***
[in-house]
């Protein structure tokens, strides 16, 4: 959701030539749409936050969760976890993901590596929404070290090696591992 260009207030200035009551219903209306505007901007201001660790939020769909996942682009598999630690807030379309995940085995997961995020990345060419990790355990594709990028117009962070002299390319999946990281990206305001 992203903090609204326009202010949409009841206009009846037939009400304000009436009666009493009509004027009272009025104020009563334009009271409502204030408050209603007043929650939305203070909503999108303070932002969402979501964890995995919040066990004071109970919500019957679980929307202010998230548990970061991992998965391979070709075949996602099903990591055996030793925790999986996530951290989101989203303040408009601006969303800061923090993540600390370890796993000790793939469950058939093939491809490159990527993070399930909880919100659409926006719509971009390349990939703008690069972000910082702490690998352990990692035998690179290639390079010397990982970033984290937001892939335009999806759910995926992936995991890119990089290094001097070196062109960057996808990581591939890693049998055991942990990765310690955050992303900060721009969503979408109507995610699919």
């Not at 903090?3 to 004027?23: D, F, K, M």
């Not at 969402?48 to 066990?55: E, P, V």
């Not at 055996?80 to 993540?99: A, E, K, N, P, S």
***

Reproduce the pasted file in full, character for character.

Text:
[in-house]
């Protein structure tokens, strides 16, 4: 959701030539749409936050969760976890993901590596929404070290090696591992 260009207030200035009551219903209306505007901007201001660790939020769909996942682009598999630690807030379309995940085995997961995020990345060419990790355990594709990028117009962070002299390319999946990281990206305001 992203903090609204326009202010949409009841206009009846037939009400304000009436009666009493009509004027009272009025104020009563334009009271409502204030408050209603007043929650939305203070909503999108303070932002969402979501964890995995919040066990004071109970919500019957679980929307202010998230548990970061991992998965391979070709075949996602099903990591055996030793925790999986996530951290989101989203303040408009601006969303800061923090993540600390370890796993000790793939469950058939093939491809490159990527993070399930909880919100659409926006719509971009390349990939703008690069972000910082702490690998352990990692035998690179290639390079010397990982970033984290937001892939335009999806759910995926992936995991890119990089290094001097070196062109960057996808990581591939890693049998055991942990990765310690955050992303900060721009969503979408109507995610699919």
């Not at 903090?3 to 004027?23: D, F, K, M």
């Not at 969402?48 to 066990?55: E, P, V």
């Not at 055996?80 to 993540?99: A, E, K, N, P, S």